VAT and applying the IOSS or OSS schemes

Understand the differences between the one stop shops

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From 1 July 2021, the VAT exemption for the importation of goods with a value not exceeding EUR 22 is removed. As a result, all goods imported to the EU will be subject to VAT.

The Import One-Stop Shop (IOSS) is created to facilitate and simplify the declaration and payment of VAT for distance sales of imported goods with a value not exceeding €150.

Where the goods are supplied via an online marketplace (such as Amazon), the marketplace is responsible for accounting for the local VAT via their own one stop shop registration. Goods on which VAT is accounted for under IOSS benefit from a VAT exemption upon importation, allowing faster customs processing.  

Difference between IOSS and OSS

Import One-Stop Shop (IOSS)

IOSS is designed for non-EU companies who sell goods to non-VAT registered customers in the EU, of a value of €150 or less. This would include companies based in Great Britain.

For goods of a higher value, standard VAT import rules apply. 

Businesses using the scheme VAT have to register in one member state, using a local intermediary, and submit a local VAT return for that member state and a one stop shop return for all other member states, declaring and paying over VAT at the applicable local rate. Access information on the VAT rates in the EU. The IOSS registration is valid for all distance sales of imported goods made to buyers in the EU.

When you’re registered, you will receive a unique IOSS identification number to put on all packages under €150 sent to the EU. To use IOSS you need to calculate and charge VAT at point of sale. The invoice needs to be submitted with the package at customs.

In a nutshell, the IOSS covers distance sales of goods that are:

  • dispatched or transported from outside of the EU at the time they are sold (GB is a third country, different rules apply to Northern Ireland)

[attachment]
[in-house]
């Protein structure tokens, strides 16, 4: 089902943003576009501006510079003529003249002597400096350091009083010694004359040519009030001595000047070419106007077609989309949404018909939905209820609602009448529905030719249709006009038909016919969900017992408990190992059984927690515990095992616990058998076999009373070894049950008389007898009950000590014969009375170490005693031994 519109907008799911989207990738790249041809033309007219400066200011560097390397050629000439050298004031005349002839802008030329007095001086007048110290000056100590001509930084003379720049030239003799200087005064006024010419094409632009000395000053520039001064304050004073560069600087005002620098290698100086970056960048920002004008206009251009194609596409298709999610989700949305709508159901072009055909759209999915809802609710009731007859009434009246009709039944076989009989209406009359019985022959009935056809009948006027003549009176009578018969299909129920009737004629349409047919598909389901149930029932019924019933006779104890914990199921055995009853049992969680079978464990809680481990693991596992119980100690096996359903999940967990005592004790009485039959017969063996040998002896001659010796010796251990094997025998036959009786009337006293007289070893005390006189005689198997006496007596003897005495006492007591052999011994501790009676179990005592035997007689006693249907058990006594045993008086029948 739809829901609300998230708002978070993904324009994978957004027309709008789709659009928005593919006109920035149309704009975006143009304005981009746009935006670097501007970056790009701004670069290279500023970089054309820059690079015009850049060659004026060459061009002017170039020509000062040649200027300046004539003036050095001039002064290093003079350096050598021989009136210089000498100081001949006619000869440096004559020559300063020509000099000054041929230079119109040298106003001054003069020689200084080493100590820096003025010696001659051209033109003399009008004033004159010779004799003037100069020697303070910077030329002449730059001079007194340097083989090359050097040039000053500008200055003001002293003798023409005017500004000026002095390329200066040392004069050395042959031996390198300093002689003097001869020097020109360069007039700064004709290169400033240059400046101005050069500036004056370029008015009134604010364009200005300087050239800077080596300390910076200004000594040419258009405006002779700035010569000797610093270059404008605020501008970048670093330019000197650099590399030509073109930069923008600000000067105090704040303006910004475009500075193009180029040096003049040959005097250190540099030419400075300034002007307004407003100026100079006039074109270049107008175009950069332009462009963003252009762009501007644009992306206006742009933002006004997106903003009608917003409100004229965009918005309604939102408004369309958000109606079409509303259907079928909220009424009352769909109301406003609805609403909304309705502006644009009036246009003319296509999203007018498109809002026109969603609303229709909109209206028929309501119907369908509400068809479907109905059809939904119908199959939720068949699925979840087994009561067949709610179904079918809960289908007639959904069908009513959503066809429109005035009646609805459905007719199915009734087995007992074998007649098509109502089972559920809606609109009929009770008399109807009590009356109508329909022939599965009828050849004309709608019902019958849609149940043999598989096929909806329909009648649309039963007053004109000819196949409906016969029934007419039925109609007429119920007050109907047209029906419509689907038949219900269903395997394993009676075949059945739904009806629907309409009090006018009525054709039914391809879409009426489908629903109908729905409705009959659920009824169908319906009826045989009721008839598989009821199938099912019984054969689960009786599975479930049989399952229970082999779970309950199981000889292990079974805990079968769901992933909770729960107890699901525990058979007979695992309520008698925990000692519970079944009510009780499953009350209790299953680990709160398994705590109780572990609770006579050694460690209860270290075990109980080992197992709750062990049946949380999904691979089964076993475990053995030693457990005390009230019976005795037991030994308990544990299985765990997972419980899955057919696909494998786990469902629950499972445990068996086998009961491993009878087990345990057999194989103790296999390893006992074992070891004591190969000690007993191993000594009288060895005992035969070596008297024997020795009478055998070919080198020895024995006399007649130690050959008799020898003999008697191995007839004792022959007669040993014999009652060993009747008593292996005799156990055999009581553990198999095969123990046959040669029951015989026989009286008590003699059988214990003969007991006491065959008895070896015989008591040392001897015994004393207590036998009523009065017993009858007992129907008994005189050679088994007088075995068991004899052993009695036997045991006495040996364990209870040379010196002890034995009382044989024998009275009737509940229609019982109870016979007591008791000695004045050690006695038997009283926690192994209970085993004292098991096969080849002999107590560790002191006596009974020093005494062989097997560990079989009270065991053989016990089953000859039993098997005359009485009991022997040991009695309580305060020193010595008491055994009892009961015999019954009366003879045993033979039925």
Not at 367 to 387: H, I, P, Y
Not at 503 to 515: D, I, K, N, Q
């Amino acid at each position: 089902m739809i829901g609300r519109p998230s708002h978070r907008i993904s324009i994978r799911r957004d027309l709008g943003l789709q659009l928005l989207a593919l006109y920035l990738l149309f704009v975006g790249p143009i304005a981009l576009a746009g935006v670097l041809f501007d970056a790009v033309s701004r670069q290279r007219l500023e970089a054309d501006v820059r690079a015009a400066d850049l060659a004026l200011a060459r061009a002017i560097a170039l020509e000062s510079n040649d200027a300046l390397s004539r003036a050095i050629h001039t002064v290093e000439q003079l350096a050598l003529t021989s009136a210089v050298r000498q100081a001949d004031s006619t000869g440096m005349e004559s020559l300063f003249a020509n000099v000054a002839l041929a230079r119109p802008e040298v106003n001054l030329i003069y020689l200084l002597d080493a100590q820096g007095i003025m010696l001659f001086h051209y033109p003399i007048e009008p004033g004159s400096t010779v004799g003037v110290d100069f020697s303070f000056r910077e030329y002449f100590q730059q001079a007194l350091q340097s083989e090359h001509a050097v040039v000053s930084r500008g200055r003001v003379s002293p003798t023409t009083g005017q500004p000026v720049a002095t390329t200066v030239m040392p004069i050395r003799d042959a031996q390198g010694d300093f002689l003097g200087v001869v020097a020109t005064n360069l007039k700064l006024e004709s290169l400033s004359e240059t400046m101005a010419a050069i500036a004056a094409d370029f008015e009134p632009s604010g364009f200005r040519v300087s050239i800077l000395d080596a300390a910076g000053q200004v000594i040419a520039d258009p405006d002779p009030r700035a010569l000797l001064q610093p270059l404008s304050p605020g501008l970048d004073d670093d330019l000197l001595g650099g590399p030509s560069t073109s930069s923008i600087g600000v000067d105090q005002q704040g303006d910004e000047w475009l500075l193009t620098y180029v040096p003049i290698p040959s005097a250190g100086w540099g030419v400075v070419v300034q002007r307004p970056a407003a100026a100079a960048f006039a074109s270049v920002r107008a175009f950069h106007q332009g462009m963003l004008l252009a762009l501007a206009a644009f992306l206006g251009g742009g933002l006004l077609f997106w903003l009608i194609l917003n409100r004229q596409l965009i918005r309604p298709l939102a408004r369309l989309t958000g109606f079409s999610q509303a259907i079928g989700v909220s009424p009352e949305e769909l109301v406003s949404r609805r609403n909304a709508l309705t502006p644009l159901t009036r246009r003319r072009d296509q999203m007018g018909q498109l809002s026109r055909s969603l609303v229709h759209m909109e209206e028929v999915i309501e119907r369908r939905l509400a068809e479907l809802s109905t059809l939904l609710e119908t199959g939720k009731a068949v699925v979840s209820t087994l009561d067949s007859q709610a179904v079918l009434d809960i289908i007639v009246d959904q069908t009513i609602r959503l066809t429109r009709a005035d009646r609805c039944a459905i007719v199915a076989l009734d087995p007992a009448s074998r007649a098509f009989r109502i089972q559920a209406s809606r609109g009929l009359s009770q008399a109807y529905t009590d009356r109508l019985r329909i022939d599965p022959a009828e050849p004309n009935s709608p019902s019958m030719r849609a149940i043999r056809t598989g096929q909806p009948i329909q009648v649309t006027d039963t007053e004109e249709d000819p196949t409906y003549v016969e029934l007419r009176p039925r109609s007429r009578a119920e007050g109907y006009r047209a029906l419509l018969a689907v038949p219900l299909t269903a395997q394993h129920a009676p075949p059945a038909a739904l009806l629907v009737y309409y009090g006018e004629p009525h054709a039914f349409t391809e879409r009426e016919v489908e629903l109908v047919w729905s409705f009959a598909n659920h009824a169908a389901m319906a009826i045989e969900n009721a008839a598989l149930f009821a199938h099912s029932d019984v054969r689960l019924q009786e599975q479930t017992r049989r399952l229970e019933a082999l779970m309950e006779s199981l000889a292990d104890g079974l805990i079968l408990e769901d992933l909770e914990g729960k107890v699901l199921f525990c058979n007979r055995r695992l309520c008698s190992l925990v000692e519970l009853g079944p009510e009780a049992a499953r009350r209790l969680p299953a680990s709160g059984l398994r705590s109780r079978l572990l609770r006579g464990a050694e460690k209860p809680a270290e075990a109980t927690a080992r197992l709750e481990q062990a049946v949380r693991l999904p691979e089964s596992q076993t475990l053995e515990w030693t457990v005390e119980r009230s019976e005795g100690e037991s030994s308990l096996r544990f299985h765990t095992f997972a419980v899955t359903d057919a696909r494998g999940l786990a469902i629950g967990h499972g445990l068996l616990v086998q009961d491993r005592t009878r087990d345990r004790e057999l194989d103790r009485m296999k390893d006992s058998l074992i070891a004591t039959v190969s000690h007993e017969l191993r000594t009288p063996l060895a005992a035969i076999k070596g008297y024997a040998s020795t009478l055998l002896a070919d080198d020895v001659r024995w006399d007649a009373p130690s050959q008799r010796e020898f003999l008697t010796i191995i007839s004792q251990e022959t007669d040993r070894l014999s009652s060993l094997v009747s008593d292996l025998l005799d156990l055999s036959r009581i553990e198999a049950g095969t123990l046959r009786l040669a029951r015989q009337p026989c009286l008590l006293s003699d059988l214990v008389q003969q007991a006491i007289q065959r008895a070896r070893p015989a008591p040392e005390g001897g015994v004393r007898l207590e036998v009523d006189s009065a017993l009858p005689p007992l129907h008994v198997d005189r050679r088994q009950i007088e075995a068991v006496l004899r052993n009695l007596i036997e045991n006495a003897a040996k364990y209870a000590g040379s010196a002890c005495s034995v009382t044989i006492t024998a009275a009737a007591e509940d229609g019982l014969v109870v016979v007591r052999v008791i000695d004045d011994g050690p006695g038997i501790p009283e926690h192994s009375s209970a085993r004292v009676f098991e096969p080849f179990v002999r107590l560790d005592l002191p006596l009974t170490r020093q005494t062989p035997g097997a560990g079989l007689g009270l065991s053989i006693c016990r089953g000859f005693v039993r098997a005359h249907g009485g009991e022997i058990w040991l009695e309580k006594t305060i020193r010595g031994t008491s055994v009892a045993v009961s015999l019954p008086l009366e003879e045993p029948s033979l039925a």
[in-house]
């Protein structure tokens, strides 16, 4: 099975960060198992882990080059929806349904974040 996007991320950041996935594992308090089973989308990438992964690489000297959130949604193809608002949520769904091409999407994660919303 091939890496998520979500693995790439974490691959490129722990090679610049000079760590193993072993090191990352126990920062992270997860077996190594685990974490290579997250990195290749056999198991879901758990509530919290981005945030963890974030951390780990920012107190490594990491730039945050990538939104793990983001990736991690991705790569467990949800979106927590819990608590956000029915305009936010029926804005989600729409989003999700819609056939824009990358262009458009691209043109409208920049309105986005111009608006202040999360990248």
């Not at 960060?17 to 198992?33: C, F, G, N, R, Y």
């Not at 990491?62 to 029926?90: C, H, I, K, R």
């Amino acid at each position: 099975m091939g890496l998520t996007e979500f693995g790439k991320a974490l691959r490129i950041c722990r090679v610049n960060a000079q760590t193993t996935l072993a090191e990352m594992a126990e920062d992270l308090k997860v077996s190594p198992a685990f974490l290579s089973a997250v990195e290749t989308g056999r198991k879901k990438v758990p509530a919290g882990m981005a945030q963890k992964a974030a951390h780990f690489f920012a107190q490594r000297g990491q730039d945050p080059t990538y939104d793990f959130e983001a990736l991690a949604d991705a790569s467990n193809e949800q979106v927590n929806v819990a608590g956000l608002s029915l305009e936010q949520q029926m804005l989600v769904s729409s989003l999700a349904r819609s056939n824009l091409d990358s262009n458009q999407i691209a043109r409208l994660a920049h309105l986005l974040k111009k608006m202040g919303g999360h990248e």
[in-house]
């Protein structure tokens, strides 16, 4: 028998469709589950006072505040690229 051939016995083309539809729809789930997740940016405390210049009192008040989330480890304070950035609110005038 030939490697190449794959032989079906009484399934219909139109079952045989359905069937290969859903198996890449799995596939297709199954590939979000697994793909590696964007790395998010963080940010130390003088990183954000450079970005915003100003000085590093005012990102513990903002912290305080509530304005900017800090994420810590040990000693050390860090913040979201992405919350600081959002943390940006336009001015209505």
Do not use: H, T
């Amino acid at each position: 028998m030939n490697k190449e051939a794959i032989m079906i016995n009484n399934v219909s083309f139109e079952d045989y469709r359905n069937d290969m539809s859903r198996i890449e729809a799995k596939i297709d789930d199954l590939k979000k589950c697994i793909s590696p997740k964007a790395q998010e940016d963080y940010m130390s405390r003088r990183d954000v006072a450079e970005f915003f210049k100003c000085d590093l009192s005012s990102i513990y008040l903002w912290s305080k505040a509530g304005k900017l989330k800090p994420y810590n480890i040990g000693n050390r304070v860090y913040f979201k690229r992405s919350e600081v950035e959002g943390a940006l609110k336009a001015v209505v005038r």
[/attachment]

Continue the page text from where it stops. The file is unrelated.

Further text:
• dispatched or transported in consignments with a value not exceeding EUR 150 (this is the total value of the shipment, not the value of each item within a shipment, so if an order comprises two items each of EUR 100, that order will be subject to import VAT)
  • not subject to excise duties (typically applied to alcohol or tobacco products).

So, if you are a business based in the UK, you can normally use the IOSS through the appointment of an EU established intermediary. More details for the scheme and registration can be found here.

One-Stop Shop (OSS)

OSS (One-Stop Shop) is designed for companies based in the EU selling goods to customers in other EU countries. This would include companies based in Northern Ireland.  

Depending on your location, you will either need to use OSS or IOSS. 

How to register for OSS if you are based in Northern Ireland

The Northern Ireland Protocol means that Northern Ireland maintains alignment with the EU VAT rules for goods, including on goods moving to, from and within Northern Ireland. However, Northern Ireland is, and will remain, part of the UK's VAT system. HMRC has detailed guidance for the registration process for OSS from Northern Ireland as below:

Businesses will need:

  • to tell HMRC they will be selling goods from Northern Ireland
  • their UK VAT registration number
  • their name and permanent place of business
  • the Government Gateway user ID and password they used to register for UK VAT
  • their bank details including bank identifier code (BIC) and account number (IBAN).

Businesses must apply to register by the 10th day of the month after their first eligible supply, to be able to use the OSS for that supply.

If an application is made after the 10th day of the month following the first eligible supply, registration will take effect from the first day of the calendar quarter after a business applied to register.

Businesses must register for the OSS themselves using GOV.UK. Agents are not able to register their clients. 

The EU member states are Austria, Belgium, Bulgaria, Croatia, Cyprus, Czech Republic, Denmark, Estonia, Finland, France, Germany, Greece, Hungary, Ireland, Italy, Latvia, Lithuania, Luxembourg, Malta, Netherlands, Poland, Portugal, Romania, Slovakia, Slovenia, Spain and Sweden.

Useful resources

ACCA has published guidance on crossborder VAT in 2020 and beyond.